Defecation in the nematode Caenorhabditis elegans is a readily observable ultradian behavioral rhythm that occurs once every 45–50 s and is mediated in part by posterior body wall muscle contraction (pBoc). pBoc is not regulated by neural input but instead is likely controlled by rhythmic Ca2+ oscillations in the intestinal epithelium. We developed an isolated nematode intestine preparation that allows combined physiological, genetic, and molecular characterization of oscillatory Ca2+ signaling. Isolated intestines loaded with fluo-4 AM exhibit spontaneous rhythmic Ca2+ oscillations with a period of ∼50 s. Oscillations were only detected in the apical cell pole of the intestinal epithelium and occur as a posterior-to-anterior moving intercellular Ca2+ wave. Loss-of-function mutations in the inositol-1,4,5-trisphosphate (IP3) receptor ITR-1 reduce pBoc and Ca2+ oscillation frequency and intercellular Ca2+ wave velocity. In contrast, gain-of-function mutations in the IP3 binding and regulatory domains of ITR-1 have no effect on pBoc or Ca2+ oscillation frequency but dramatically increase the speed of the intercellular Ca2+ wave. Systemic RNA interference (RNAi) screening of the six C. elegans phospholipase C (PLC)–encoding genes demonstrated that pBoc and Ca2+ oscillations require the combined function of PLC-γ and PLC-β homologues. Disruption of PLC-γ and PLC-β activity by mutation or RNAi induced arrhythmia in pBoc and intestinal Ca2+ oscillations. The function of the two enzymes is additive. Epistasis analysis suggests that PLC-γ functions primarily to generate IP3 that controls ITR-1 activity. In contrast, IP3 generated by PLC-β appears to play little or no direct role in ITR-1 regulation. PLC-β may function instead to control PIP2 levels and/or G protein signaling events. Our findings provide new insights into intestinal cell Ca2+ signaling mechanisms and establish C. elegans as a powerful model system for defining the gene networks and molecular mechanisms that underlie the generation and regulation of Ca2+ oscillations and intercellular Ca2+ waves in nonexcitable cells.
Genetic model organisms provide a number of powerful experimental advantages for defining the genes and genetic pathways involved in biological processes such as Ca2+ signaling. The nematode Caenorhabditis elegans is a particularly attractive model system (Barr, 2003; Strange, 2003). C. elegans is well suited for mutagenesis and forward genetic analysis and has a fully sequenced and well annotated genome. Gene expression in nematodes is relatively easy and economical to manipulate using RNA interference (RNAi), knockout, and transgenesis. Genomic sequence as well as many other biological data on this organism are assembled in readily accessible public databases and numerous reagents, including mutant worm strains and cosmid and YAC clones spanning the genome, are freely available through public resources.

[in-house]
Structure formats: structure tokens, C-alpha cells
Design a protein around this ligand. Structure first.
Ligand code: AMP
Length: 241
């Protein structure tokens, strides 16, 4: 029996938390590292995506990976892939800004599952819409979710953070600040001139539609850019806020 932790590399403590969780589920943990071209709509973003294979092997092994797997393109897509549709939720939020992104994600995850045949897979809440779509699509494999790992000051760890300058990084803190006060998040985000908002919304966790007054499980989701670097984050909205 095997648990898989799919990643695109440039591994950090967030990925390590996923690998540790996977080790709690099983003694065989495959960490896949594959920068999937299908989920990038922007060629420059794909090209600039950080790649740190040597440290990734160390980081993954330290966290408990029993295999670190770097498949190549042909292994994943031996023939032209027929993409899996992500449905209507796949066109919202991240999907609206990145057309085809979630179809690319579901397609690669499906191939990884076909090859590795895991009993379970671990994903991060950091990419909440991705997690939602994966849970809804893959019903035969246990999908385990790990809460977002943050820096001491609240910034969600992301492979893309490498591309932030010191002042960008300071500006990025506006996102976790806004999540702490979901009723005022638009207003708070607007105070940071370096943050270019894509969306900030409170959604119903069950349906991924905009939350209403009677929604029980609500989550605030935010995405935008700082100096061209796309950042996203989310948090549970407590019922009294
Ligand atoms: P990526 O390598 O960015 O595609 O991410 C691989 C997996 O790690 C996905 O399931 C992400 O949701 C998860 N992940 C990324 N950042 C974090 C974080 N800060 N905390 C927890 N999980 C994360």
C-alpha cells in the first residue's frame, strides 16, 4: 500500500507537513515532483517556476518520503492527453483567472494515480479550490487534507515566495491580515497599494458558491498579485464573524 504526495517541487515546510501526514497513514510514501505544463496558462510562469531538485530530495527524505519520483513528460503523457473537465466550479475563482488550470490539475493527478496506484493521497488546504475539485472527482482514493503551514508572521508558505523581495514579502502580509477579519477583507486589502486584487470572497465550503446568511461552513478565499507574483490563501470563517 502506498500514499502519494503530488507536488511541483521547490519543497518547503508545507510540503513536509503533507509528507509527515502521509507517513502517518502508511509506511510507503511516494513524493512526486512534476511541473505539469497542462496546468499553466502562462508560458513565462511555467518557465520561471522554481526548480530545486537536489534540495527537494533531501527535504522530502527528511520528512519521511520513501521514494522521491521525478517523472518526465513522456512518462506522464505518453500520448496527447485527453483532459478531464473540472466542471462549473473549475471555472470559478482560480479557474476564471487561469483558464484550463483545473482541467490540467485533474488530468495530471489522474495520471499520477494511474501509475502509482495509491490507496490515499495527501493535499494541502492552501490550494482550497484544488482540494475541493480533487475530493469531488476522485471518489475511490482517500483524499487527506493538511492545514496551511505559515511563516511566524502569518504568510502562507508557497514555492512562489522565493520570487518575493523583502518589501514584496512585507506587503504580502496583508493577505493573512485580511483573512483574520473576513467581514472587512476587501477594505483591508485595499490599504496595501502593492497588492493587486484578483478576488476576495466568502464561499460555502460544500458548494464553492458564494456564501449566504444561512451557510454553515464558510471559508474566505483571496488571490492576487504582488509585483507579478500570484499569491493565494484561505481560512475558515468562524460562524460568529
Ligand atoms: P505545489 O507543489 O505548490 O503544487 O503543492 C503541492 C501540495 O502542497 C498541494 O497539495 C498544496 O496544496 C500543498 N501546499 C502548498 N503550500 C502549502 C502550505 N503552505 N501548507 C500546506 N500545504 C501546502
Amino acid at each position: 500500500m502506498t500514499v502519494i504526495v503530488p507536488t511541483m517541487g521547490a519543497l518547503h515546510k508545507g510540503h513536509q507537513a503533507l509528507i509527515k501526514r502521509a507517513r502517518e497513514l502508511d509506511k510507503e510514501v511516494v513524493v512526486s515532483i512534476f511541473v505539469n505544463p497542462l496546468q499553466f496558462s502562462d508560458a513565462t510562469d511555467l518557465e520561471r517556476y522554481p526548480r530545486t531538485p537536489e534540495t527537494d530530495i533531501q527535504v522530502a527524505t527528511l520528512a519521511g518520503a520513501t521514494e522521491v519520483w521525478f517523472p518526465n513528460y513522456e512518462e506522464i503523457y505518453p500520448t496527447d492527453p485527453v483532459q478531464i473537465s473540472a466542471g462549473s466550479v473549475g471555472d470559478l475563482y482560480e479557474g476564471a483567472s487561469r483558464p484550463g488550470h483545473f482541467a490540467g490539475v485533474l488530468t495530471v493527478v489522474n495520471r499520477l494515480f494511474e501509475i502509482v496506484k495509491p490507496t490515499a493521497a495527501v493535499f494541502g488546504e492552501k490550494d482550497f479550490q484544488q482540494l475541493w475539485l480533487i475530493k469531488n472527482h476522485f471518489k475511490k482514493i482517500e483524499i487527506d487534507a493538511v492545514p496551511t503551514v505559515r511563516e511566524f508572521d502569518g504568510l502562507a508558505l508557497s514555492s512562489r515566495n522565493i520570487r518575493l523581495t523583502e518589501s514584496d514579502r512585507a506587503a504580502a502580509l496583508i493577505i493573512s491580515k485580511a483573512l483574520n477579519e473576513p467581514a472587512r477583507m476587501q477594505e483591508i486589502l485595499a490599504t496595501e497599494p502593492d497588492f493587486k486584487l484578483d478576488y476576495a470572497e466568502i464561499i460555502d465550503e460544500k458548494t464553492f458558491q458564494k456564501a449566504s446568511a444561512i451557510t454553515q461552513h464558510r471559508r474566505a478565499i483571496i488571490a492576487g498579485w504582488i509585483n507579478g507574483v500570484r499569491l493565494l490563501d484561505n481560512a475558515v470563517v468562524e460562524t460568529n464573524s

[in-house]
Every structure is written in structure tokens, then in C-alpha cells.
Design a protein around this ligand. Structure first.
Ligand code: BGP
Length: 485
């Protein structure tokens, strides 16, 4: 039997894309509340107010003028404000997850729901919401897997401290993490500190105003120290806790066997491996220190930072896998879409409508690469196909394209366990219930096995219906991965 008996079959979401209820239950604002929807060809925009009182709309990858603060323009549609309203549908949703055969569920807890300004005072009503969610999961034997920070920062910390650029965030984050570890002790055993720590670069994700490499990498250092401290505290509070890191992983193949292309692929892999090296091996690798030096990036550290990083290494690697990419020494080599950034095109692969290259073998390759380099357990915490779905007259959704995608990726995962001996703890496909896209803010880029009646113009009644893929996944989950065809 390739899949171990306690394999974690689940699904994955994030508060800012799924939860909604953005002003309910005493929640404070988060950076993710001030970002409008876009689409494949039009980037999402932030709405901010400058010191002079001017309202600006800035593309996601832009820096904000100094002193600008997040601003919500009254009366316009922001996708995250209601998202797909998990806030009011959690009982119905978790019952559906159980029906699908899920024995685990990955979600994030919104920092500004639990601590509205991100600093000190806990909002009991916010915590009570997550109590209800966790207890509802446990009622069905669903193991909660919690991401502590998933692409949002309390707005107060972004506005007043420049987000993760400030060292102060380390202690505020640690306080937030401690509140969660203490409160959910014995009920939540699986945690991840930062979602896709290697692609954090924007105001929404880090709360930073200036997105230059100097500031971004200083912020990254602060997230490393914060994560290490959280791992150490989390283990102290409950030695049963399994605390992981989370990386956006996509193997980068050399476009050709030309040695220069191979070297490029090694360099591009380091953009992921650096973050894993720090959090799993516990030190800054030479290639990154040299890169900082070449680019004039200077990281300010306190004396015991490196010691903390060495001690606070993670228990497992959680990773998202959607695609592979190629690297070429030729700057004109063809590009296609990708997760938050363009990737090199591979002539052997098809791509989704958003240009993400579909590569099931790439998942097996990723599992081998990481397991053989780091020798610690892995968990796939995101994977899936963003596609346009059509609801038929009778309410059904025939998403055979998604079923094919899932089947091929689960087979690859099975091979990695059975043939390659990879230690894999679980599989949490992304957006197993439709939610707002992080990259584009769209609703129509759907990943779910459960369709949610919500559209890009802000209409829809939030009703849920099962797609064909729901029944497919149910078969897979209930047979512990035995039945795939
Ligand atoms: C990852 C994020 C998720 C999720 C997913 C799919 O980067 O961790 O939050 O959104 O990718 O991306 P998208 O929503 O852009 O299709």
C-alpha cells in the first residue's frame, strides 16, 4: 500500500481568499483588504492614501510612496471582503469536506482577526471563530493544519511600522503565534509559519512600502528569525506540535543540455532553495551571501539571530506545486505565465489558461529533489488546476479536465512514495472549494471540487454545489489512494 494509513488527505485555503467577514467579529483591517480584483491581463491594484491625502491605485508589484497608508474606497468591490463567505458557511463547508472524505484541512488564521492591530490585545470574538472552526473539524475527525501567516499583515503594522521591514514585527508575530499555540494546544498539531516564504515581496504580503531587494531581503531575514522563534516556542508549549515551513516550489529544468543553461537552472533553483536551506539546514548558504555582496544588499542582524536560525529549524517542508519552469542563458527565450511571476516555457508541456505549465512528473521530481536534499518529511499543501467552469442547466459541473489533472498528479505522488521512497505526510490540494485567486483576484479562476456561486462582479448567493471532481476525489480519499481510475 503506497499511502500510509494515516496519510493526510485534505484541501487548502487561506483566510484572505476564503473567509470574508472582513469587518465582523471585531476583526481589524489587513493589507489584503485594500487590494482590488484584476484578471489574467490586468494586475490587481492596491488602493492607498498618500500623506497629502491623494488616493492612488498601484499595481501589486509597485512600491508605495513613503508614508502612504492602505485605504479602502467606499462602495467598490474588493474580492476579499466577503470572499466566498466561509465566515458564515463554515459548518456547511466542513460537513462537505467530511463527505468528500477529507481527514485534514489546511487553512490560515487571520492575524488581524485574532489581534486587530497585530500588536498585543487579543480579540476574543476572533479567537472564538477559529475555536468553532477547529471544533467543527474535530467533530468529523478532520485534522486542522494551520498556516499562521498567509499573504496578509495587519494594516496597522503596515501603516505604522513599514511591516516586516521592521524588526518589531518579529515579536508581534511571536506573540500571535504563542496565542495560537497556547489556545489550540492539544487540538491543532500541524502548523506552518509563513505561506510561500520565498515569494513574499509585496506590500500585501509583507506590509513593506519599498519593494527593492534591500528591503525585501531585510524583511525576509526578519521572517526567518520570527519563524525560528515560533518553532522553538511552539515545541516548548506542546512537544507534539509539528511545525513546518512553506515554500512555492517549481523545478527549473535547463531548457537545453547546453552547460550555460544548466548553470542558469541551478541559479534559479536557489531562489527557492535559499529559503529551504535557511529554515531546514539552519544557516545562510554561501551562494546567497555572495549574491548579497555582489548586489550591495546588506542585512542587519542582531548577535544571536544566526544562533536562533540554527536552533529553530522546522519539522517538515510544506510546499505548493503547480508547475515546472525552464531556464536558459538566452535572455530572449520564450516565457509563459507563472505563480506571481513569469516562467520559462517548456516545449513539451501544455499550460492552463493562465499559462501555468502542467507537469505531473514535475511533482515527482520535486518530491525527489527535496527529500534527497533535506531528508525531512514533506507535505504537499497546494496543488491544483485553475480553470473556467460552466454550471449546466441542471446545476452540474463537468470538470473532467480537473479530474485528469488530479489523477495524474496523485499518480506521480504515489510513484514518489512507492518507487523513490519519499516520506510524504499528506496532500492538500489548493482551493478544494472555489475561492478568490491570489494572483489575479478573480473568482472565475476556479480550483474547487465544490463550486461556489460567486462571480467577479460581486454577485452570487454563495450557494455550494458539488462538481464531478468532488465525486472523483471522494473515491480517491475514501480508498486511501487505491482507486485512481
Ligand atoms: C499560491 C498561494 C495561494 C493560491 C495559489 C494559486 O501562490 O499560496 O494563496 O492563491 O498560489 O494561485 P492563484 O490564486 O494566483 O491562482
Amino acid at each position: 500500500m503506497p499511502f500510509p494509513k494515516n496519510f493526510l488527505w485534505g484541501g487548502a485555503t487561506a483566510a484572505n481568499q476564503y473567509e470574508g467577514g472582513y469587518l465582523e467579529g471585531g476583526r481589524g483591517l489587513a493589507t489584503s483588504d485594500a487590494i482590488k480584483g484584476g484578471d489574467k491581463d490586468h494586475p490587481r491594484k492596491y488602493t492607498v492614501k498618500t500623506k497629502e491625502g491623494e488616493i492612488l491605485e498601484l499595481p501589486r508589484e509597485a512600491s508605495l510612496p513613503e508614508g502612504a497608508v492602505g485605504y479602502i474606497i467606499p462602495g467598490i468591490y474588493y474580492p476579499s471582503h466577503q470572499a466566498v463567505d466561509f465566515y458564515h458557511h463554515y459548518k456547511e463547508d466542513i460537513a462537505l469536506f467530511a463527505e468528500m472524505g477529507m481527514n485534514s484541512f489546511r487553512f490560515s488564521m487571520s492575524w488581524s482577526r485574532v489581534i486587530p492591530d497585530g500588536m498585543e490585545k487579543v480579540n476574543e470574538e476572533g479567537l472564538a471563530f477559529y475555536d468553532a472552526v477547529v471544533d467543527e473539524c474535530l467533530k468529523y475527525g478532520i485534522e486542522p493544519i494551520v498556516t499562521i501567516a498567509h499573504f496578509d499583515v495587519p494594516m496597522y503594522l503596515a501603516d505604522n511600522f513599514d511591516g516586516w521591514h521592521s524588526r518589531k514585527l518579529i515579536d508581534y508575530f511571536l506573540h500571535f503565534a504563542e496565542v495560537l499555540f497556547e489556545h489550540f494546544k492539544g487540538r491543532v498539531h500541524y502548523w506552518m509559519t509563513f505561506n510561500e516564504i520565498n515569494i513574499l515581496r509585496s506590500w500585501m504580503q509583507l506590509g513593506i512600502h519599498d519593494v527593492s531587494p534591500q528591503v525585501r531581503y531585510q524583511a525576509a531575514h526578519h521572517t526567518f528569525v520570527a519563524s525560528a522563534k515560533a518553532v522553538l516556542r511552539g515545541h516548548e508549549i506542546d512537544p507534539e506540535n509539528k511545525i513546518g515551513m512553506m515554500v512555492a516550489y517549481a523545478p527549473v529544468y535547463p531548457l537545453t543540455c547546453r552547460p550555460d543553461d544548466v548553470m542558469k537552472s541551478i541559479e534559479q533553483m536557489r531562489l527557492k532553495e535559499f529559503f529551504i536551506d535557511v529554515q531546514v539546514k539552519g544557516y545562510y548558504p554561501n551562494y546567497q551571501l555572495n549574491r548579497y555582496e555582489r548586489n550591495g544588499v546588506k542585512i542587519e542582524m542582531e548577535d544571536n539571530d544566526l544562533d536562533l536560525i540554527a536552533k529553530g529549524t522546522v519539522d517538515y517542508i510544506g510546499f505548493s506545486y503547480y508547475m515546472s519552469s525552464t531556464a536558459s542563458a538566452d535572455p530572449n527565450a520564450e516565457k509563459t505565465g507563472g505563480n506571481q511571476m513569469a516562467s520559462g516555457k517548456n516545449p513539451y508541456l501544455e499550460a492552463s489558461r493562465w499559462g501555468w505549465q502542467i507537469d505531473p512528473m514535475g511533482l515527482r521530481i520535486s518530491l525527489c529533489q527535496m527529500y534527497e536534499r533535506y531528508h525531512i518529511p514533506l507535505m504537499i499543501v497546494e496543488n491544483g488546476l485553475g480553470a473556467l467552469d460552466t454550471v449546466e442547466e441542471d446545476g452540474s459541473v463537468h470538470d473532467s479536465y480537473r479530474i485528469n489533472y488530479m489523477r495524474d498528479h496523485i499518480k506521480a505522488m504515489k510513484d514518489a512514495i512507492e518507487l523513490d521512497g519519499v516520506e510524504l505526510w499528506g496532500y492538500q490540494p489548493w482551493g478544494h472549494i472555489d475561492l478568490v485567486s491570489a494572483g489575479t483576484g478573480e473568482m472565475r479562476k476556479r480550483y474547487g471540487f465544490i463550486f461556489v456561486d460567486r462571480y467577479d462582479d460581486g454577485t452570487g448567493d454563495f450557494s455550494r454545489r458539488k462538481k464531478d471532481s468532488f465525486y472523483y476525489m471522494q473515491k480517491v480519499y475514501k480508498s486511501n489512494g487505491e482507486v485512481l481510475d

C. elegans exhibits a number of relatively simple stereotyped behaviors that have formed the basis for powerful forward genetic screens. The defecation cycle is one such behavior. Defecation is an ultradian rhythm that occurs once every 45–50 s when nematodes are feeding and is mediated by sequential contraction of the posterior body wall muscles, anterior body wall muscles, and enteric muscles (Iwasaki and Thomas, 1997). Posterior body wall muscle contraction (pBoc) appears to be controlled by nonneuronal mechanisms (McIntire et al., 1993; Dal Santo et al., 1999). Loss-of-function mutations in the inositol-1,4,5-trisphosphate receptor (IP3R) gene itr-1 (also termed dec-4) slow or eliminate (Iwasaki et al., 1995; Dal Santo et al., 1999) the pBoc cycle, whereas overexpression of the gene increases pBoc frequency (Dal Santo et al., 1999). Oscillatory changes in intestinal epithelial cell Ca2+ levels track the defecation cycle with Ca2+ levels peaking just before the initiation of pBoc. Calcium oscillations are slowed or absent in animals with loss-of-function mutations in itr-1 (Dal Santo et al., 1999). Dal Santo et al. (1999) have suggested that IP3-dependent Ca2+ signals may control the secretion of a factor from the intestinal epithelium that regulates contraction of surrounding posterior body wall muscles.